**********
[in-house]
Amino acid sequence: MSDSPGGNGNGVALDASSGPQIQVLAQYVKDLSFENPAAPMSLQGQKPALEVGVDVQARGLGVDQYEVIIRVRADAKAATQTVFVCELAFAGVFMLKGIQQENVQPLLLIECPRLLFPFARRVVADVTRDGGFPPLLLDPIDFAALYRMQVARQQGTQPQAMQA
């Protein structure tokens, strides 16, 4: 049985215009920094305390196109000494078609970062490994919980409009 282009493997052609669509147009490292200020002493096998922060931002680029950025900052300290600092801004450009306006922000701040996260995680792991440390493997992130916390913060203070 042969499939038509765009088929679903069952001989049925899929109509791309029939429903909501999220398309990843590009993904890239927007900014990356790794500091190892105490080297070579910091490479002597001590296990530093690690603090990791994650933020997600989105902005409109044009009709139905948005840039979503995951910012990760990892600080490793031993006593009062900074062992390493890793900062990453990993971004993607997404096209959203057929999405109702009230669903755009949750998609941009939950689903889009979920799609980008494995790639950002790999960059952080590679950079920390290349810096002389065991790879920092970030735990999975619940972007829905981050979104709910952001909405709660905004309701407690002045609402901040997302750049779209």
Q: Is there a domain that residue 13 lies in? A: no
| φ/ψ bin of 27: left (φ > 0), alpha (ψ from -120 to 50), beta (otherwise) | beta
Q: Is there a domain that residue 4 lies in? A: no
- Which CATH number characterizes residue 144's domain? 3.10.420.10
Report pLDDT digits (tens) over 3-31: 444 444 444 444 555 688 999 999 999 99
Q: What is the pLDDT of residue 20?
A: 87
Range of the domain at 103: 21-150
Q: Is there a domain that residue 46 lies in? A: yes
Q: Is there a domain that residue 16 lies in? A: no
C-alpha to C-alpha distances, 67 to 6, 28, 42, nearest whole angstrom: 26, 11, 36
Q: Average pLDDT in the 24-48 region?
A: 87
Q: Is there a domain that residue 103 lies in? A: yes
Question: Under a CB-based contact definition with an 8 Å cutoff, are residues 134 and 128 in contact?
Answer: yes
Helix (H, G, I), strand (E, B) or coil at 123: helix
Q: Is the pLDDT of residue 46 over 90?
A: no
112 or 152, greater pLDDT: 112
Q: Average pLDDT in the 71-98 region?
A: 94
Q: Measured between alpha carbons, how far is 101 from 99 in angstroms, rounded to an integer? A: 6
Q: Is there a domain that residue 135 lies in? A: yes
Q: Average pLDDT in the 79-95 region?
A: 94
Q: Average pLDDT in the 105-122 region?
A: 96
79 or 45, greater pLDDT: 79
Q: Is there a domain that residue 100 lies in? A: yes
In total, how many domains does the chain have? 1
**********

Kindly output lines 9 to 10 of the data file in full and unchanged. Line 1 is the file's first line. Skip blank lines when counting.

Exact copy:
Q: What is the pLDDT of residue 20?
A: 87